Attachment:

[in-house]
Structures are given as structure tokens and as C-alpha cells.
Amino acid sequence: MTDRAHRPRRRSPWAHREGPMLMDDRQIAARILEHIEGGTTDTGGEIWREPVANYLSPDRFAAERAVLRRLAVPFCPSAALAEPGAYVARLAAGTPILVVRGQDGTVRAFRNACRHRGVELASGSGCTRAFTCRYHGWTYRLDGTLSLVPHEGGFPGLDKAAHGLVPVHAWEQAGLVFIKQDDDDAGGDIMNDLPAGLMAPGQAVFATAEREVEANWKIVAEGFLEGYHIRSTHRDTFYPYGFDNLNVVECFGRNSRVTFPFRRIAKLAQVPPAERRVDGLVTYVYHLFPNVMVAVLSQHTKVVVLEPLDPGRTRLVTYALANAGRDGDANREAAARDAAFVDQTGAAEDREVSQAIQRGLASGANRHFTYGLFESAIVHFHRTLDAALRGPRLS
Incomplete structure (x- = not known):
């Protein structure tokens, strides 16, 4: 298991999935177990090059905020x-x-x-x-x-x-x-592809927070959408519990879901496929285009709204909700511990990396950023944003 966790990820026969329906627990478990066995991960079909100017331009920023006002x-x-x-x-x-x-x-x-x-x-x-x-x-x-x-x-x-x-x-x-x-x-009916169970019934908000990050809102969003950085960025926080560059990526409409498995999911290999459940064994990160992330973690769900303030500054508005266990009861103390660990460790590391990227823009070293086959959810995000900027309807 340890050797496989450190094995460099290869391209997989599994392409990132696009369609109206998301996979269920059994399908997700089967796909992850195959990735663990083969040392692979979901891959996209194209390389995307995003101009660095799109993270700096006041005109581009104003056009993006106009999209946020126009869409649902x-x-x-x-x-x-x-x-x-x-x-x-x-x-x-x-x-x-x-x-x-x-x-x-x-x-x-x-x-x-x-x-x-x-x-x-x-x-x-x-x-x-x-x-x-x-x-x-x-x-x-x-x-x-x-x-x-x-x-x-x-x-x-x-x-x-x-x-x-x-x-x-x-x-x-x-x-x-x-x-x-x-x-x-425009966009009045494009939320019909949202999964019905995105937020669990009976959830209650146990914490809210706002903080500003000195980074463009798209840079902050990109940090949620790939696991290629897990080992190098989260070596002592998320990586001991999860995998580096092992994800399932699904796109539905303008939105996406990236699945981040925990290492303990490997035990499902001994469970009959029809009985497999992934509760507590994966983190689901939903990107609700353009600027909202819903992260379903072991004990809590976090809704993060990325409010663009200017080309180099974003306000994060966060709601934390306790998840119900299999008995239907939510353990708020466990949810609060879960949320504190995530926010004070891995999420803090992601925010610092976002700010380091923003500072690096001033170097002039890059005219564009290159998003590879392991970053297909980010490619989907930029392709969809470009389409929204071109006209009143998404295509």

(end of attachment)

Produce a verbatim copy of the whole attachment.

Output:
[in-house]
Structures are given as structure tokens and as C-alpha cells.
Amino acid sequence: MTDRAHRPRRRSPWAHREGPMLMDDRQIAARILEHIEGGTTDTGGEIWREPVANYLSPDRFAAERAVLRRLAVPFCPSAALAEPGAYVARLAAGTPILVVRGQDGTVRAFRNACRHRGVELASGSGCTRAFTCRYHGWTYRLDGTLSLVPHEGGFPGLDKAAHGLVPVHAWEQAGLVFIKQDDDDAGGDIMNDLPAGLMAPGQAVFATAEREVEANWKIVAEGFLEGYHIRSTHRDTFYPYGFDNLNVVECFGRNSRVTFPFRRIAKLAQVPPAERRVDGLVTYVYHLFPNVMVAVLSQHTKVVVLEPLDPGRTRLVTYALANAGRDGDANREAAARDAAFVDQTGAAEDREVSQAIQRGLASGANRHFTYGLFESAIVHFHRTLDAALRGPRLS
Incomplete structure (x- = not known):
């Protein structure tokens, strides 16, 4: 298991999935177990090059905020x-x-x-x-x-x-x-592809927070959408519990879901496929285009709204909700511990990396950023944003 966790990820026969329906627990478990066995991960079909100017331009920023006002x-x-x-x-x-x-x-x-x-x-x-x-x-x-x-x-x-x-x-x-x-x-009916169970019934908000990050809102969003950085960025926080560059990526409409498995999911290999459940064994990160992330973690769900303030500054508005266990009861103390660990460790590391990227823009070293086959959810995000900027309807 340890050797496989450190094995460099290869391209997989599994392409990132696009369609109206998301996979269920059994399908997700089967796909992850195959990735663990083969040392692979979901891959996209194209390389995307995003101009660095799109993270700096006041005109581009104003056009993006106009999209946020126009869409649902x-x-x-x-x-x-x-x-x-x-x-x-x-x-x-x-x-x-x-x-x-x-x-x-x-x-x-x-x-x-x-x-x-x-x-x-x-x-x-x-x-x-x-x-x-x-x-x-x-x-x-x-x-x-x-x-x-x-x-x-x-x-x-x-x-x-x-x-x-x-x-x-x-x-x-x-x-x-x-x-x-x-x-x-425009966009009045494009939320019909949202999964019905995105937020669990009976959830209650146990914490809210706002903080500003000195980074463009798209840079902050990109940090949620790939696991290629897990080992190098989260070596002592998320990586001991999860995998580096092992994800399932699904796109539905303008939105996406990236699945981040925990290492303990490997035990499902001994469970009959029809009985497999992934509760507590994966983190689901939903990107609700353009600027909202819903992260379903072991004990809590976090809704993060990325409010663009200017080309180099974003306000994060966060709601934390306790998840119900299999008995239907939510353990708020466990949810609060879960949320504190995530926010004070891995999420803090992601925010610092976002700010380091923003500072690096001033170097002039890059005219564009290159998003590879392991970053297909980010490619989907930029392709969809470009389409929204071109006209009143998404295509």